Is it anything like the unemployment benefit given to unemployed people, or employment and wage through MNREGA?

It is neither. This is called universal basic income which has different compulsions in the Western countries, but is a very popular idea there. The compulsions are different in our country.

The idea is to make Rs 1,000 per month available as income support to all families. For a poor family earning Rs 7,000 to Rs 8,000 a month, an additional Rs 1,000 is quite a significant amount.

Now, how do you link this to growth? When you spend 2% of GDP on such income support, it makes more money available to the poor people, who will immediately spend it on consumption. And this will have a very quick and strong multiplier effect, which will help revive growth.

We should also raise expenditure on public infrastructure investment, like building rural roads which will again have a high multiplier effect, and revive growth.

The question is, how will this be financed? Should it be financed by increasing the fiscal deficit? I don't think we should encourage increasing the deficit as very high public sector borrowing, around 9% of GDP or more, has already made the cost of money high and crowded out private investment.

There is a huge untapped area of tax revenue which should be used for higher government spending.

Schedule 7 in the Receipts Budget for 2019-2020 points out that about 5% of GDP is lost as revenue forgone because of concessions and exemptions given on direct taxes, indirect taxes, customs, etc.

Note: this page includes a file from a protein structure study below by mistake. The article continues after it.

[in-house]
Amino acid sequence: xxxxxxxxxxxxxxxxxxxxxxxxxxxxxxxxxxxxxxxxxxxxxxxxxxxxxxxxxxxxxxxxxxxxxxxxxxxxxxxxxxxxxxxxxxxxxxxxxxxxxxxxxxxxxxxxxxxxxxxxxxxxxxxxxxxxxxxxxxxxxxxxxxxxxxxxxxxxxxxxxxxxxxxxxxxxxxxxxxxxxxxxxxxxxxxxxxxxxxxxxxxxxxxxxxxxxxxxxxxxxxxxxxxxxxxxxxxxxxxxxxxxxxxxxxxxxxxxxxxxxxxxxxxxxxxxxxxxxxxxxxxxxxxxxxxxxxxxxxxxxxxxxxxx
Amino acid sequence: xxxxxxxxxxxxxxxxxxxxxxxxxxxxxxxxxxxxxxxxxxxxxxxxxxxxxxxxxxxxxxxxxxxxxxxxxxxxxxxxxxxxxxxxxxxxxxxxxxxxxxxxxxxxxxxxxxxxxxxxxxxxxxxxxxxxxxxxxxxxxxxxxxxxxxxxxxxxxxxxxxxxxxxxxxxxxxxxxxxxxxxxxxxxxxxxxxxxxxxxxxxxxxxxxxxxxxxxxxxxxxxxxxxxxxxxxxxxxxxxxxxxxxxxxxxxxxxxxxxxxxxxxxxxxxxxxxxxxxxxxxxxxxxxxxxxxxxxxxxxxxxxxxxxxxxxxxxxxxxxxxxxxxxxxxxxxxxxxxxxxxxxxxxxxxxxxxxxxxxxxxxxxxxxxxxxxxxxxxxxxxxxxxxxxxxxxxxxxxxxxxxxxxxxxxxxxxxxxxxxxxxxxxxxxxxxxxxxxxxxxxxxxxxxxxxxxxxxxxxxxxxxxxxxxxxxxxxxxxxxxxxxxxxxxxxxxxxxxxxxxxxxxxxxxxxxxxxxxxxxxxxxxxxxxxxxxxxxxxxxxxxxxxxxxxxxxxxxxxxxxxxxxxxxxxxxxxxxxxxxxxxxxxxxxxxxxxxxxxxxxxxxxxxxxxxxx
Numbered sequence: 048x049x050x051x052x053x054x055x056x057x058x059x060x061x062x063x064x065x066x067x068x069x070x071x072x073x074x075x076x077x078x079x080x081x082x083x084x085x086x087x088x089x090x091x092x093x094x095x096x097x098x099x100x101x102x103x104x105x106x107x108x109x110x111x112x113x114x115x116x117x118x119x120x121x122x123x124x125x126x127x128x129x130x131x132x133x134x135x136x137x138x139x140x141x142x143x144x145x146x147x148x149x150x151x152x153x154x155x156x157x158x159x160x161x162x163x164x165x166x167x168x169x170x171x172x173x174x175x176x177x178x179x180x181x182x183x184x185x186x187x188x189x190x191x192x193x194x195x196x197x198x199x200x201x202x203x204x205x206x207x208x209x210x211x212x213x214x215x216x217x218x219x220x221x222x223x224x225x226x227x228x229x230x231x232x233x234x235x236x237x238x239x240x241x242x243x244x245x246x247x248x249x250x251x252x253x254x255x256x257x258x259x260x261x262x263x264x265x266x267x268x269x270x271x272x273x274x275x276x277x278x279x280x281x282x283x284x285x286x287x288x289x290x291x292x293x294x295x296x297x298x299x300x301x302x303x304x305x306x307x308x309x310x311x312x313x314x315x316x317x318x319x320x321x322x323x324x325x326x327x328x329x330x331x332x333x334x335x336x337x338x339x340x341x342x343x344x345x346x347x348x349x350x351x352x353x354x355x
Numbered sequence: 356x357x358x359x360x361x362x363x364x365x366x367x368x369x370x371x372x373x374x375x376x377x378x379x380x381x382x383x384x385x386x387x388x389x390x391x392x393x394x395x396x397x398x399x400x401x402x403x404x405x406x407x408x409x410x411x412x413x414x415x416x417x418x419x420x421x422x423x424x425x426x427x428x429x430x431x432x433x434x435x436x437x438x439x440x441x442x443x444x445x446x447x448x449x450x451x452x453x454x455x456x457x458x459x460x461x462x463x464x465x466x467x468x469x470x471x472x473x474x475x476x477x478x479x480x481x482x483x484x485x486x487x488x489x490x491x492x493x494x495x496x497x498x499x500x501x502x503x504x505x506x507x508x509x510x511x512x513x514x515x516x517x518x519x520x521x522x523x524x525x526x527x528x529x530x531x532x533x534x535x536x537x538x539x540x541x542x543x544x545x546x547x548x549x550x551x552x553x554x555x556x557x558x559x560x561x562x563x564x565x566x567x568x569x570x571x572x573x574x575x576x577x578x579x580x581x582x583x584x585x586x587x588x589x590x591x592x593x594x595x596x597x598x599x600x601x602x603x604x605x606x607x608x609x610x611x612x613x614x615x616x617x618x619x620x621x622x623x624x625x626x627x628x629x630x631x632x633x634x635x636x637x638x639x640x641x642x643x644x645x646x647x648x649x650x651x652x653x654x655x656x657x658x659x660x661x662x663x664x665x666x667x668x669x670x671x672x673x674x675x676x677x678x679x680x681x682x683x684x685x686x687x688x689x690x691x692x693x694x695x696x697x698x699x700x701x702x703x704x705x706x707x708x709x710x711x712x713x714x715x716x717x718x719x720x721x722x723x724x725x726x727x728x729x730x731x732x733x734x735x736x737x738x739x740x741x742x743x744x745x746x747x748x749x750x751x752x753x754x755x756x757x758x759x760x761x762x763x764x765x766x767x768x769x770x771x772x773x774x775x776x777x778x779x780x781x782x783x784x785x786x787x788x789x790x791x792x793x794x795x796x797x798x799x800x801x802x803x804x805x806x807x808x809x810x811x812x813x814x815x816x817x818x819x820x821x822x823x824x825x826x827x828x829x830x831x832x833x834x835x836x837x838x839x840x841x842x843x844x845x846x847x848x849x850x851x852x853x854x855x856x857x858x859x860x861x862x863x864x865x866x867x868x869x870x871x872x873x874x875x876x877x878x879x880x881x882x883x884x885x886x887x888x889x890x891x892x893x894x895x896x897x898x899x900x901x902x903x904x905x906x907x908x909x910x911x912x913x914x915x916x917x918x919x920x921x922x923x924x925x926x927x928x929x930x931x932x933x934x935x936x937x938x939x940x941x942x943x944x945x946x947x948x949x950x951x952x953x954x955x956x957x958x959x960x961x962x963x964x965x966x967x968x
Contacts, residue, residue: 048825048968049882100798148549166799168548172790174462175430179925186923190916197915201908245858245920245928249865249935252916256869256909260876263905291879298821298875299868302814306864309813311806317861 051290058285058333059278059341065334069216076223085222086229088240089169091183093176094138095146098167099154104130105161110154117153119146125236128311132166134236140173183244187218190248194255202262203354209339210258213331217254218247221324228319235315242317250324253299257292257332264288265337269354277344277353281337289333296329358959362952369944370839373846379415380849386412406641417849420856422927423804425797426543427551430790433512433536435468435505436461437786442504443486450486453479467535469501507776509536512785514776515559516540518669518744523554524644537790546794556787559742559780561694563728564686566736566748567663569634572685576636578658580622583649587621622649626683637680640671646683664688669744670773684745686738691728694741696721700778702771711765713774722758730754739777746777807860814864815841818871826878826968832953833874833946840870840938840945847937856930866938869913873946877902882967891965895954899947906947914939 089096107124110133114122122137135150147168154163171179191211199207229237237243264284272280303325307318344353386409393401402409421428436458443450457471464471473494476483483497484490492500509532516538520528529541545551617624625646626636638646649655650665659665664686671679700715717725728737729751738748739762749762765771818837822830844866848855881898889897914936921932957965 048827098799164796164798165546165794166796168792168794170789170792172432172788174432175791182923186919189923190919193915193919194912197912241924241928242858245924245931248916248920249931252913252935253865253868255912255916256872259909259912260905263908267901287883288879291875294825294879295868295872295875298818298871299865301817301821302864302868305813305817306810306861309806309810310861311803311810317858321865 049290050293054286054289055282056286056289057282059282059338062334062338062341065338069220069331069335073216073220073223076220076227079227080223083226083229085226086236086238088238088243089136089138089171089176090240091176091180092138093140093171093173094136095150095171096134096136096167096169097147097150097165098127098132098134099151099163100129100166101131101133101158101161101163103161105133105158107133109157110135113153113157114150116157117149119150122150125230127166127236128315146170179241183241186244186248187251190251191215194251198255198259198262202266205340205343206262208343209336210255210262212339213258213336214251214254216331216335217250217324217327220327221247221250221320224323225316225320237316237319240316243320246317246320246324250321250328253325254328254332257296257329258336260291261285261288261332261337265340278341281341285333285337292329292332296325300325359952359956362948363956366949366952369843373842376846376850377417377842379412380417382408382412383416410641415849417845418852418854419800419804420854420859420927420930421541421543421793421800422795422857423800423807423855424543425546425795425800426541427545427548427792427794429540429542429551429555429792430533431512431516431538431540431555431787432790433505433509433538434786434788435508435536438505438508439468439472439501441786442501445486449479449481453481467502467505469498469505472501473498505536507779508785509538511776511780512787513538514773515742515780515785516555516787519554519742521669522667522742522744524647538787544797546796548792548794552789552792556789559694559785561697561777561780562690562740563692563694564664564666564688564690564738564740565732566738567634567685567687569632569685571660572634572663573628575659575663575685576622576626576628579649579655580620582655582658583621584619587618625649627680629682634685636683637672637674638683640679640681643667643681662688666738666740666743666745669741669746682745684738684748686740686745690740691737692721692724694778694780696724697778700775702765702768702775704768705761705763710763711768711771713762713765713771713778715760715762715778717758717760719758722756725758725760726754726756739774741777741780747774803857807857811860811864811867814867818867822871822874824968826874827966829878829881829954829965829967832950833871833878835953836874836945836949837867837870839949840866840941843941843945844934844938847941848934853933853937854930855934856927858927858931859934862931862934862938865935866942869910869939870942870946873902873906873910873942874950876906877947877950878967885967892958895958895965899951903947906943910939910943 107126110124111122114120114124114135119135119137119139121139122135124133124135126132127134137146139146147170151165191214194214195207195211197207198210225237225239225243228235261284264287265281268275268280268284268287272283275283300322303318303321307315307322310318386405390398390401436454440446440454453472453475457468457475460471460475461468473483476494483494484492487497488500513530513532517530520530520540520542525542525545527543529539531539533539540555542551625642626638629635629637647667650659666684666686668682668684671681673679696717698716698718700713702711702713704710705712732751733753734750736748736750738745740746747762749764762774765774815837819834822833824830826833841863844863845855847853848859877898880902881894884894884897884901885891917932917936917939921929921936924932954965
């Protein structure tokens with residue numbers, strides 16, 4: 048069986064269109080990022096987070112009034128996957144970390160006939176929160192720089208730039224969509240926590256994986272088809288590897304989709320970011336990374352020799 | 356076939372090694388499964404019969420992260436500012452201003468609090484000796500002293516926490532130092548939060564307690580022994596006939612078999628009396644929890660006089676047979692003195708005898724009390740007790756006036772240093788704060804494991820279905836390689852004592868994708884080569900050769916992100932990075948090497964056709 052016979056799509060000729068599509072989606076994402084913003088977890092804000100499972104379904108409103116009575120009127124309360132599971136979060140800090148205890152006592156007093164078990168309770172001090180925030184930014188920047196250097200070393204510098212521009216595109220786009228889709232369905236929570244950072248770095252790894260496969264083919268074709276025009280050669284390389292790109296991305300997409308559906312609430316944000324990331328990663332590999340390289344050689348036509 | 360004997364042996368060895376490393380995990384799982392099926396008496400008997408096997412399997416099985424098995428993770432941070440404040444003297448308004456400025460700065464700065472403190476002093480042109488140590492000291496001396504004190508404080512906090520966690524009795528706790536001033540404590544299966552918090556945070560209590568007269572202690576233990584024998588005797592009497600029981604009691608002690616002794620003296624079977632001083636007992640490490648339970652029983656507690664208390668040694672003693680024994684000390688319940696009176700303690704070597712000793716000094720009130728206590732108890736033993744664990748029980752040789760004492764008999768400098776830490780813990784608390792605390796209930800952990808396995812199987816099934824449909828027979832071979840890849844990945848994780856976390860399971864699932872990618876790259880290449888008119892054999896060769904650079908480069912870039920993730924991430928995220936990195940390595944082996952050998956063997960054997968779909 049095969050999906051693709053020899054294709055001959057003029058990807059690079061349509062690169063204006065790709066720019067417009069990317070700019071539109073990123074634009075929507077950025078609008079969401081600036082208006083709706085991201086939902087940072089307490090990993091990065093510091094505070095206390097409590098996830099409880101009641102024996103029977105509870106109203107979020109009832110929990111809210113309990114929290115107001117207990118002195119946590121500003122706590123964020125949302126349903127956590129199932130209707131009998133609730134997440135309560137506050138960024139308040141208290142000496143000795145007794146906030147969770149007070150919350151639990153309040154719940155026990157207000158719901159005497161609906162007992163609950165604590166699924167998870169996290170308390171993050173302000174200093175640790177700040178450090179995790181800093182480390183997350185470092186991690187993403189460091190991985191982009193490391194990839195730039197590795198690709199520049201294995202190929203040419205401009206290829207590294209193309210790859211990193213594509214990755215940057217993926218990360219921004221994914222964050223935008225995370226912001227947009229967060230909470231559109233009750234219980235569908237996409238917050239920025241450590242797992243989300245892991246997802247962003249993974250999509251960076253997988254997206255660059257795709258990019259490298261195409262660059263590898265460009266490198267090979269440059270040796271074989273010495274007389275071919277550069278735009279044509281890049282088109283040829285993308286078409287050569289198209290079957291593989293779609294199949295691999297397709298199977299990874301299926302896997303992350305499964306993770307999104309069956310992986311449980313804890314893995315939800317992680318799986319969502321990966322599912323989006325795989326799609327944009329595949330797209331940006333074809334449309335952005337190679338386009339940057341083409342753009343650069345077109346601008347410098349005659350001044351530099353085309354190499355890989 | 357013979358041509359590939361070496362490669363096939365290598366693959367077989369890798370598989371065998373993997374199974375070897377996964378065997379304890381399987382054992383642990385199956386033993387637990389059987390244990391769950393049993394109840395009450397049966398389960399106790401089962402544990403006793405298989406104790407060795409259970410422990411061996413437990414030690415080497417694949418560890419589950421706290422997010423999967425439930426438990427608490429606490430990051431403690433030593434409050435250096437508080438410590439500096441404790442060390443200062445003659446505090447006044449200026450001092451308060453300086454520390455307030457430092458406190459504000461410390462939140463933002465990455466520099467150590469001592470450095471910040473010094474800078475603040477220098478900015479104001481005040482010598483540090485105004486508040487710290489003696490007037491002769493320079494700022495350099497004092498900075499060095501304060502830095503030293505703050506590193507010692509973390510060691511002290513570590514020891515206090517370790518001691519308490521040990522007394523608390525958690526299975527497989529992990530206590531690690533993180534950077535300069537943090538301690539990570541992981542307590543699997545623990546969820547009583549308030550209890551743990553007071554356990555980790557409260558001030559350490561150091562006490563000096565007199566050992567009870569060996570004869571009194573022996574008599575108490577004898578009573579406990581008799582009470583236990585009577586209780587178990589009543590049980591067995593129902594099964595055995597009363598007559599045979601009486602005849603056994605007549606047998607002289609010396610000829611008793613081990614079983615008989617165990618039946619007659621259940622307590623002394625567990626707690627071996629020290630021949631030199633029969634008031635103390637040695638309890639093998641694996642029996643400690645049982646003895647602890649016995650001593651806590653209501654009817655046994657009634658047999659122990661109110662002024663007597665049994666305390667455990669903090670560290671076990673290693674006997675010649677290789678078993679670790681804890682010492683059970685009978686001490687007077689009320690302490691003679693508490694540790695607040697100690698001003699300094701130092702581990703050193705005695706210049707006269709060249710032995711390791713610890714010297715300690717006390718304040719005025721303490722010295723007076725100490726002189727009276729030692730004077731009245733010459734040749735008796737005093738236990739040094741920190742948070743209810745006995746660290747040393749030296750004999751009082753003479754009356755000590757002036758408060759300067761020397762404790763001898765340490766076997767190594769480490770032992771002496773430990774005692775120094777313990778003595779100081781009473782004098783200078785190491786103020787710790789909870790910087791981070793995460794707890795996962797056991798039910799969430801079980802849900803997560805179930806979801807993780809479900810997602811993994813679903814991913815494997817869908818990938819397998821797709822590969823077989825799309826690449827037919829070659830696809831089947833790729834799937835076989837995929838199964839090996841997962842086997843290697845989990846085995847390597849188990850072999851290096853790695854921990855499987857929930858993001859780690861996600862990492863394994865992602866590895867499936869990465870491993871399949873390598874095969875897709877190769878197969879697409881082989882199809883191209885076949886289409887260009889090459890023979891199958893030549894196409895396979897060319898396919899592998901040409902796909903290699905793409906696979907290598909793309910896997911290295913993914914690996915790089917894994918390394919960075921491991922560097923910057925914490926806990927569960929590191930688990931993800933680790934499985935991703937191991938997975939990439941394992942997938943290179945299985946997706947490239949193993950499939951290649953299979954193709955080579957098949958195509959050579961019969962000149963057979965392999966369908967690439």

This needs to be plugged and curtailed, if not altogether eliminated.

Also, the GST rollout has been faulty, and it is a big mess.

There are huge evasions as the information system, GSTN, the core in administering GST, has not been worked out properly.

If the GSTN is fixed, GST performance would improve significantly.

Also, 5% of GDP goes in the form of non-merit subsidies. When you reduce that, you can make the money available to give monetary support to the poor.

Thus, there are many things like this that can be done to improve revenues. They can also do a reallocation of expenditure from non-merit subsidies to finance extra spending on income support or infrastructure investment without raising the fiscal deficit.

Ever since the NPA issue came out in the open and private investment stopped, experts have been urging the government to start public spending especially on infrastructure for the growth cycle to start...

There is a distinction between what the government should do and what it will do. We, as independent economists, have been talking about what the government should do.